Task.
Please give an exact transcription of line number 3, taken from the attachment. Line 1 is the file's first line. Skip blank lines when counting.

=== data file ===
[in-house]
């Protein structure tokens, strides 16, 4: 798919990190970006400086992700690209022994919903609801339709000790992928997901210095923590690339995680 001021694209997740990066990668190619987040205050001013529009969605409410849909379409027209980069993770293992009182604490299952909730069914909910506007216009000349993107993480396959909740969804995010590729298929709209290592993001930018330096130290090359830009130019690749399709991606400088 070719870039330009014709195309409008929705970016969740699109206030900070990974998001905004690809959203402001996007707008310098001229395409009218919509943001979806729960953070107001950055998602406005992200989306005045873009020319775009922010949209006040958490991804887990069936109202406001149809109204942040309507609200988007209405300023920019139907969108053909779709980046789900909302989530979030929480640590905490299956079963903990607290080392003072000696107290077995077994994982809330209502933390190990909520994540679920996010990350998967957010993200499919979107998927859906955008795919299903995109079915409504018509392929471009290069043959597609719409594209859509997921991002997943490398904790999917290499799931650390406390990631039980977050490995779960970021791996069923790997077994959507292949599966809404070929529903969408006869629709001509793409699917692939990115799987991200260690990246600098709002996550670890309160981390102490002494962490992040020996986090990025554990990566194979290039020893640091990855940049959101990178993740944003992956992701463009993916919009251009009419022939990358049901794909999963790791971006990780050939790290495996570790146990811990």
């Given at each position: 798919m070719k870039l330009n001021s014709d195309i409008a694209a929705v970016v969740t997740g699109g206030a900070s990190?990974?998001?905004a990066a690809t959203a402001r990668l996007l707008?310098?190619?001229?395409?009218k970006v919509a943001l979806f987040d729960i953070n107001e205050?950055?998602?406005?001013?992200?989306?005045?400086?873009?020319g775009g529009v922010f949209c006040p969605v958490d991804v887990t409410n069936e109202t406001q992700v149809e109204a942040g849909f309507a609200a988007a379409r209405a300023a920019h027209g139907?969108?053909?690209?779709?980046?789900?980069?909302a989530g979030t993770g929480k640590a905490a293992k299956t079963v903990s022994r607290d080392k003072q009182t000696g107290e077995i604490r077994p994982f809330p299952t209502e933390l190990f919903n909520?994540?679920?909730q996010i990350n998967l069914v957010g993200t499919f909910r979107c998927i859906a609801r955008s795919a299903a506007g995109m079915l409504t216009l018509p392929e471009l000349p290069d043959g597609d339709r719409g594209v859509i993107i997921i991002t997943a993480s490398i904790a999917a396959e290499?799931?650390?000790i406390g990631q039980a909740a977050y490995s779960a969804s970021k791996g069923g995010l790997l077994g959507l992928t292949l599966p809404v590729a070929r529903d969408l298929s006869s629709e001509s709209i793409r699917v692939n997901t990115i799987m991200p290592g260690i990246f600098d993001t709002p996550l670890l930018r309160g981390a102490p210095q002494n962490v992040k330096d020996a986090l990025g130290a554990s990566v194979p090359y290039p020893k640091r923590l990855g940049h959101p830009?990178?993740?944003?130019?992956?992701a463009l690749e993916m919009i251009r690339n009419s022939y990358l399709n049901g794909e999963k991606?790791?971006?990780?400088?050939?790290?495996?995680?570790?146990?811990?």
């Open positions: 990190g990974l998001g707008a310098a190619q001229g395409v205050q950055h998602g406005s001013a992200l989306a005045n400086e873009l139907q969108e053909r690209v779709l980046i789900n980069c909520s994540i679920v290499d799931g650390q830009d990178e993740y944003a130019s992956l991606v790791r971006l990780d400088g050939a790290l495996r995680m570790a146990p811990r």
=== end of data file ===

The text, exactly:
């Given at each position: 798919m070719k870039l330009n001021s014709d195309i409008a694209a929705v970016v969740t997740g699109g206030a900070s990190?990974?998001?905004a990066a690809t959203a402001r990668l996007l707008?310098?190619?001229?395409?009218k970006v919509a943001l979806f987040d729960i953070n107001e205050?950055?998602?406005?001013?992200?989306?005045?400086?873009?020319g775009g529009v922010f949209c006040p969605v958490d991804v887990t409410n069936e109202t406001q992700v149809e109204a942040g849909f309507a609200a988007a379409r209405a300023a920019h027209g139907?969108?053909?690209?779709?980046?789900?980069?909302a989530g979030t993770g929480k640590a905490a293992k299956t079963v903990s022994r607290d080392k003072q009182t000696g107290e077995i604490r077994p994982f809330p299952t209502e933390l190990f919903n909520?994540?679920?909730q996010i990350n998967l069914v957010g993200t499919f909910r979107c998927i859906a609801r955008s795919a299903a506007g995109m079915l409504t216009l018509p392929e471009l000349p290069d043959g597609d339709r719409g594209v859509i993107i997921i991002t997943a993480s490398i904790a999917a396959e290499?799931?650390?000790i406390g990631q039980a909740a977050y490995s779960a969804s970021k791996g069923g995010l790997l077994g959507l992928t292949l599966p809404v590729a070929r529903d969408l298929s006869s629709e001509s709209i793409r699917v692939n997901t990115i799987m991200p290592g260690i990246f600098d993001t709002p996550l670890l930018r309160g981390a102490p210095q002494n962490v992040k330096d020996a986090l990025g130290a554990s990566v194979p090359y290039p020893k640091r923590l990855g940049h959101p830009?990178?993740?944003?130019?992956?992701a463009l690749e993916m919009i251009r690339n009419s022939y990358l399709n049901g794909e999963k991606?790791?971006?990780?400088?050939?790290?495996?995680?570790?146990?811990?």